Review: The Skin of Our Teeth

by Lynn on May 23, 2022

in The Passionate Playgoer

Live and in person at Lincoln Center Theater, New York City, until May 29, 2022

Written by Thornton Wilder

Directed by Lileana Blain-Cruz

With additional material by Branden Jacobs-Jenkins

Sets by Adam Rigg

Costumes by Montana Levi Blanco

Lighting by Yi Zhao

Sound by Palmer Hefferan

Projections by Hannah wasileski

Cast: Gabby Beans

Paige Gilbert

Priscilla Lopez

James Vincen Meredith

Julian Robertson

Roslyn Ruff

Bold, daring and timely.

The Story. This is Thornton Wilder’s allegorical play about the history of civilization? Humanity? through the ages. There is a raging ice storm outside. We are told by Sabina, the maid, that Mr. Antrobus is not home yet and there is concern.  The wooly mammoth and the dinosaur outside are so unsettled by how cold it is that Mrs. Antrobus lets them in the house. The play references (in no order from me): The Bible and creation, Adam, Eve, trouble, jealousy, preferred children, the flood, Noah, jealous children who become violent, the invention of the wheel, lever, mathematics, infidelity, war and some kind of redemption.

The Production. Director Lileana Blain-Cruz has cast the whole production with actors of colour, offering another layer to the already complex play. Adam Rigg’s set is impressive and lush. That lushness is mainly provided by floor to flies green drapes that look like velvet and drape beautifully. The furnishings are simple with cushions on the couch, a coffee table and all around the space are many and various plants. One of the visual jokes is that when Mrs. Antrobus (a calm, collected Roslyn Ruff) enters to water all the plants, she has one of the smallest watering cans I’ve ever seen for such a huge job. And the puppets of the wooly mammoth and the huge dinosaur are brilliant and the puppeteers who manipulate them and give them voice: Jeremy Gallardo, Beau Thom, Alphonso Walker Jr. And Sarin Monae West

Sabina (a lively Gabby Beans) the maid enters with a dust ‘wand’ flicking the furniture here and there, delivering her lines in a staccato voice about how Mr. Antrobus is not home and they are worried, and it’s sold and the ice is creeping etc. As Sabina, Gabby Beans speaks in a sort of elevated pitched voice. I knew it sounded familiar. Then I got it—Eartha Kitt. She was putting on the distinctive voice of Eartha Kitt but without the obvious seduction. The artificiality was all. At one point in the proceedings, Gabby Beans comes forward, breaks ‘the fourth wall’ and speaks in her regular voice, telling the audience that she has no clue about what the play is about; and that she has been in every play by August Wilson to cement her credentials as a serious actor. I loved that ‘break’ with the theatrical and a nice touch of added dialogue by Branden Jacobs-Jenkins.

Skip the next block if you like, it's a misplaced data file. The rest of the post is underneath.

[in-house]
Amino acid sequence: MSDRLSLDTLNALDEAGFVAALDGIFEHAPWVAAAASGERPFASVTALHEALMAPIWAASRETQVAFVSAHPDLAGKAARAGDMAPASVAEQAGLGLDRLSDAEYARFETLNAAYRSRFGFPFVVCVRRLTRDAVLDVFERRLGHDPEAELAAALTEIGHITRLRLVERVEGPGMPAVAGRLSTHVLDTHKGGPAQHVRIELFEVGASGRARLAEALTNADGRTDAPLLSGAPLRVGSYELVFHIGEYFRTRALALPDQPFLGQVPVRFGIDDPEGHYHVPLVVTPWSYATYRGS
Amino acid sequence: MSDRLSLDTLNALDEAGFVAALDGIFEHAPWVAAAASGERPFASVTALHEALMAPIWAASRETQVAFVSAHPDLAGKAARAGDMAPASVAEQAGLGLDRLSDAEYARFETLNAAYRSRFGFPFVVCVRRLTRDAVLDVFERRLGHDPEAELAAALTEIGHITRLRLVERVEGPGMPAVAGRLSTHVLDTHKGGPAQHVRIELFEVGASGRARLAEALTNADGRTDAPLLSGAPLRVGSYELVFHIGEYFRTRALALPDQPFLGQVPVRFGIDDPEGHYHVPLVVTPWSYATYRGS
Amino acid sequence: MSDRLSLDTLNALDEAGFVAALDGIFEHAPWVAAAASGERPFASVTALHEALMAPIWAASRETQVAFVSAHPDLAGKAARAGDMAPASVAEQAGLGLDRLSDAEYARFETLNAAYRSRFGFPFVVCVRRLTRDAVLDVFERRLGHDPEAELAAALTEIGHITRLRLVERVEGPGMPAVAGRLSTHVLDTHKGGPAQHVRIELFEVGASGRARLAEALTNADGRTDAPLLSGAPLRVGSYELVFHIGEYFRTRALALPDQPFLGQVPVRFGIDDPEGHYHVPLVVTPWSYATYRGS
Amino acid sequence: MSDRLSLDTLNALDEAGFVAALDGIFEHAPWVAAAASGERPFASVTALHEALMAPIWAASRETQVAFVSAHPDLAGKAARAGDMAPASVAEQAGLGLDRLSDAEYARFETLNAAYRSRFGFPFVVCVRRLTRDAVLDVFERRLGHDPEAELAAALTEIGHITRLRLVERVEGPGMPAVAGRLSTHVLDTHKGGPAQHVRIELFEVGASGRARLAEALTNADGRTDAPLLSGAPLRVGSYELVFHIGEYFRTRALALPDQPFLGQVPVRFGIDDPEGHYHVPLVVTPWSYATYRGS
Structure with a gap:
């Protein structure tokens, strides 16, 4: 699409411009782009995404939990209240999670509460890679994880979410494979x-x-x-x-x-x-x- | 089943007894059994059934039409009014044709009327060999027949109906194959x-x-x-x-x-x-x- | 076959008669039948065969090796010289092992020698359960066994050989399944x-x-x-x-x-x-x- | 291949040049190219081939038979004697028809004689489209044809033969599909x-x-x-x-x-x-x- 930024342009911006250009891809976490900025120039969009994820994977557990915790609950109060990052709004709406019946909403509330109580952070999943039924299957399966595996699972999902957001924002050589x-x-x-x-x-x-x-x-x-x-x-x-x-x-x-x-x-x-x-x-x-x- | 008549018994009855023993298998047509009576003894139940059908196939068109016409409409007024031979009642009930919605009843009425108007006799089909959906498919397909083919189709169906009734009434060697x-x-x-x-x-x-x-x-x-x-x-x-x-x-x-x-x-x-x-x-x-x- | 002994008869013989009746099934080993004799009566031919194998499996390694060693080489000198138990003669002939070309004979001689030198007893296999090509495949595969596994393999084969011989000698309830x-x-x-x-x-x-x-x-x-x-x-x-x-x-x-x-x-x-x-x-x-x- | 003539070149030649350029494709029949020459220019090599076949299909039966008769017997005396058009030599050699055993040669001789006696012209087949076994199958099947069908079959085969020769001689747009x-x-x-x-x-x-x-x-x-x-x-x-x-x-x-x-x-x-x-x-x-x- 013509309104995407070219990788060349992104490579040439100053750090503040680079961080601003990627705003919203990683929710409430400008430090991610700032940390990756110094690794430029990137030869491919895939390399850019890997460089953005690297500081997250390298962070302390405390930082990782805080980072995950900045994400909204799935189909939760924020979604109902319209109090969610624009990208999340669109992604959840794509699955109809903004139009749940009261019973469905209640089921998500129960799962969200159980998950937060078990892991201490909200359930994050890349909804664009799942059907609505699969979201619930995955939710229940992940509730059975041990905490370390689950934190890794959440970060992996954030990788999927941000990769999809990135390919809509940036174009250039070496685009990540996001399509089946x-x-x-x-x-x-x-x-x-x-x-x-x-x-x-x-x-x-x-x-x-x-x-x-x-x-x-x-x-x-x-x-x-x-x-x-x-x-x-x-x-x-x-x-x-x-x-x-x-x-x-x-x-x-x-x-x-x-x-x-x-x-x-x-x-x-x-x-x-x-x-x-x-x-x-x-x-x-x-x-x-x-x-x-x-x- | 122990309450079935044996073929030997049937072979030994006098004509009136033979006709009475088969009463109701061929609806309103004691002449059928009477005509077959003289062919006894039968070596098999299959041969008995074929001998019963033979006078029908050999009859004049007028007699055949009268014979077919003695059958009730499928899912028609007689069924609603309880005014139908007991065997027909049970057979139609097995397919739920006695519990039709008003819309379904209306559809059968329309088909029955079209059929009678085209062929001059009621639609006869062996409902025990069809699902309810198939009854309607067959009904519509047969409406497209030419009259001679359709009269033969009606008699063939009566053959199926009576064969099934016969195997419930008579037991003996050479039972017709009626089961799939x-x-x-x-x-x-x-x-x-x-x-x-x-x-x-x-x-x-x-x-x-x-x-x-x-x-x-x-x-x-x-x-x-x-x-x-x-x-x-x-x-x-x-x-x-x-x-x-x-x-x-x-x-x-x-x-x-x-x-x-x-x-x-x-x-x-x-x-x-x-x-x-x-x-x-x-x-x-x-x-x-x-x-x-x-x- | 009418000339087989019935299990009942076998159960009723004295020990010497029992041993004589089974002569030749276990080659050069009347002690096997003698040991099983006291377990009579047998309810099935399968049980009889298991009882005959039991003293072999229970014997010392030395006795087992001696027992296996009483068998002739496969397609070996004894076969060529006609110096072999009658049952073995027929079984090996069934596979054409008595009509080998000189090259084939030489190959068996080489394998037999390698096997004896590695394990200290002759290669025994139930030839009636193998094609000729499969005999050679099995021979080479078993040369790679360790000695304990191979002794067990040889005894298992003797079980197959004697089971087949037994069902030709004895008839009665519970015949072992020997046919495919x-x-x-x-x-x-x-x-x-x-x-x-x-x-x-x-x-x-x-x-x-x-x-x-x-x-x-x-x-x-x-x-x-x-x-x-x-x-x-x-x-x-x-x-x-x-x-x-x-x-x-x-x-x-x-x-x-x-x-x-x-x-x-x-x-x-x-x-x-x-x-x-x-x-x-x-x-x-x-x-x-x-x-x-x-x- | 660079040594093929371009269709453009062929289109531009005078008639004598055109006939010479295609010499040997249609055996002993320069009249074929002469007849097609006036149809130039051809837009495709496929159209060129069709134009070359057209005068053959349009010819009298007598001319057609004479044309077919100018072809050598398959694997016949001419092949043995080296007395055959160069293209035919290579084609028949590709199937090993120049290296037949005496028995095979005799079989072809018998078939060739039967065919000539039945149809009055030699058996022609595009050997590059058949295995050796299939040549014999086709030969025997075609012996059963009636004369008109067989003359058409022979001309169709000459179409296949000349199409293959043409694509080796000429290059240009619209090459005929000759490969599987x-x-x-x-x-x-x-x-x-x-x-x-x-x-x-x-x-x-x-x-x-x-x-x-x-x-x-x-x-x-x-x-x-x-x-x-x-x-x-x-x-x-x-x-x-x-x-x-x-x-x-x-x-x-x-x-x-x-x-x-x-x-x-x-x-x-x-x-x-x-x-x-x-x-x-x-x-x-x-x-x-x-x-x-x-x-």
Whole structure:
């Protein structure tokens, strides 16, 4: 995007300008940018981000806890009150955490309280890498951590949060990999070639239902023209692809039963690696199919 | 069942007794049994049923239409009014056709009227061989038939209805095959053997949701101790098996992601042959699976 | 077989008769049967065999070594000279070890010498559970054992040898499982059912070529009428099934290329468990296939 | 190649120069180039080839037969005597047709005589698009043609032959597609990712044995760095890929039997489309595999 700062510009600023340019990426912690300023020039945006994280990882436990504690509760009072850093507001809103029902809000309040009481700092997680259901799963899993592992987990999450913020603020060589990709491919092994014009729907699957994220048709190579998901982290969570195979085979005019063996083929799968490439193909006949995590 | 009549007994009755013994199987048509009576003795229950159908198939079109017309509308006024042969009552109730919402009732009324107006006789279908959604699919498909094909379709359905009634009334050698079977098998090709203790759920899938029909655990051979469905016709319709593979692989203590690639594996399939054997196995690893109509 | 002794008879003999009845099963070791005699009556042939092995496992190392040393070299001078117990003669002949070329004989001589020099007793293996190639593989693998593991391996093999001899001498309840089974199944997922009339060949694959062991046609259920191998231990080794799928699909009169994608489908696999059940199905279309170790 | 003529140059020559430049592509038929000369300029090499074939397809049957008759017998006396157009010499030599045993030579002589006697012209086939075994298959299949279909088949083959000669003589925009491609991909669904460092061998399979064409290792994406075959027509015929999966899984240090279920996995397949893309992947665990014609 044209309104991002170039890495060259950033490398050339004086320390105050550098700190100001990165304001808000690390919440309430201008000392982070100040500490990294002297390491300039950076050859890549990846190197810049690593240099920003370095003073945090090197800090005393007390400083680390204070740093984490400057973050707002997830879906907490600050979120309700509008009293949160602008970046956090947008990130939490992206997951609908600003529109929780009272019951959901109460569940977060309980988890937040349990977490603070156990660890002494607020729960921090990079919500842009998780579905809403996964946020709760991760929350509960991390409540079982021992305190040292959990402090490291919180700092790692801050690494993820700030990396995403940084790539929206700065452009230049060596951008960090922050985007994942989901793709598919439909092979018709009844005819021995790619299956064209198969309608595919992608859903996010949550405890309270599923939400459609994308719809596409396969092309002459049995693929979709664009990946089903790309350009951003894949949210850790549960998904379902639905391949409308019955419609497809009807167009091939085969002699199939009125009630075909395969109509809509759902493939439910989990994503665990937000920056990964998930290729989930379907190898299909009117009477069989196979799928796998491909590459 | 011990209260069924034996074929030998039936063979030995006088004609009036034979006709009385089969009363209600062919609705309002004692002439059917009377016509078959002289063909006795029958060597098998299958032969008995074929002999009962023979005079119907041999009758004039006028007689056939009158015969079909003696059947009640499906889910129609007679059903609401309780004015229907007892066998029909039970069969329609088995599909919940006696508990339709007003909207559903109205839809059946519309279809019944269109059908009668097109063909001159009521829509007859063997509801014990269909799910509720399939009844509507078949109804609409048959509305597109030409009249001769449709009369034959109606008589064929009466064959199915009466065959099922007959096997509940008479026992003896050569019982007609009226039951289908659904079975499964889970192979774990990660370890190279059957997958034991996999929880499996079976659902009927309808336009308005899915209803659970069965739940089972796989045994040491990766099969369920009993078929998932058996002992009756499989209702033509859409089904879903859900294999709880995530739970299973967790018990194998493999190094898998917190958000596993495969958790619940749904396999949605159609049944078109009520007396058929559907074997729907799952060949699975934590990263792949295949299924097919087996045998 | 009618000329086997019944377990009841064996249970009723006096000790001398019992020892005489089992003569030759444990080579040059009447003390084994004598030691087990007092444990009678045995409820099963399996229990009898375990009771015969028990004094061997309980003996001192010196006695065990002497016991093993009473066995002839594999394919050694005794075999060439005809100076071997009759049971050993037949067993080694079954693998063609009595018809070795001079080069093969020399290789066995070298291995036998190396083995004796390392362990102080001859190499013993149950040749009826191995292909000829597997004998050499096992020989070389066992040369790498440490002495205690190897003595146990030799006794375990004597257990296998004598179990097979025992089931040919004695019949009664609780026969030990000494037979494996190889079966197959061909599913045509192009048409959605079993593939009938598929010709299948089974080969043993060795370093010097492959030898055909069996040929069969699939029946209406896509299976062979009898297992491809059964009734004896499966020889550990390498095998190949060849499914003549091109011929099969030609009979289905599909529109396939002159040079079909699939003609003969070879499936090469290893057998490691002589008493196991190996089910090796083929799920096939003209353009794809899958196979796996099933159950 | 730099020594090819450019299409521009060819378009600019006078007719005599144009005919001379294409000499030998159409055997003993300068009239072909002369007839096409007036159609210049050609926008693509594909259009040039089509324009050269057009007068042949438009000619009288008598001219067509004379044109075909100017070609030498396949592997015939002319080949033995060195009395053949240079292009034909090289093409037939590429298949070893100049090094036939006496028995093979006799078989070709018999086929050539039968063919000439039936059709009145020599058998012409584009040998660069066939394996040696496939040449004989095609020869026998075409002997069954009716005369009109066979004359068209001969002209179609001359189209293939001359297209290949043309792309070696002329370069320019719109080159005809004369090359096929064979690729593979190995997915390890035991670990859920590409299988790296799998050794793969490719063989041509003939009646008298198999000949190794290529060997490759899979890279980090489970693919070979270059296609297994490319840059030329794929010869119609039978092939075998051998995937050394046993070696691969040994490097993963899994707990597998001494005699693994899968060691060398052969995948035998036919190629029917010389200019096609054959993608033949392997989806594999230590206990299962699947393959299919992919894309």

As Gabby Beans gives Sabina a heightened theatricality, Roslyn Ruff as Mrs. Antrobus is poised, calm and keeps everything on an even keel. She attends to details, manages all manner of events and is never ruffled. She looks like a ‘typical’ housewife in the 1950s, crisp dress, coiffed hair, but over the millennia she takes charge without anyone knowing and carries on while others rant and rave. She manages her children. She ‘manages’ her commanding, loud-voiced husband, Mr. Antrobus (James Vincent Meredith); she knows of his roving eye. She sees everything.

Act II takes place in Atlantic City at the Boardwalk and Adam Rigg goes to town designing the amusement park rides, especially an impressive slide in which participants slide down the shoot from one end of the stage to the other. Lots going on here. Where does one focus?

Priscilla Lopez plays a blonde seductive Fortune Teller talking about the future. The problem was that with all the noise of the Boardwalk and the activity, it was hard to make out what she was saying, even if she was microphoned.

Act III returns to the Antrobus home after a seven-year war in which Mrs. Antrobus and her daughter Gladys (Paige Gilbert) have been hiding/living in the basement. Gladys emerges, pregnant. Mr. Antrobus and their son Henry (Julian Robertson) are off fighting the war—on opposite sides. The background of a hill at the back is dark, burnt, desolate and depressing, as if a fire scorched the earth. People wander across the back of the land, walking slowly, defeated by war, life, etc.

Mr. Androbus returns, exhausted. Henry returns enraged. Animosity exists, opposition exists. Is it possible to start to rebuild? Is it worth it?

Comment. The plays asks: “Is there any accomplishment or attribute of the human race of enough value that its civilization should be rebuilt?” The play is so timely because it references plague, isolation, feelings of despair, efforts to continue and hold on, moments of feeling despondent—everything we’ve felt and more during the years of the pandemic. The Skin of Our Teeth was written in 1942. Astonishing.

Lincoln Center Theater Presents:

Plays until May 29, 2022.

Running time: 2 hours, 55 minutes.

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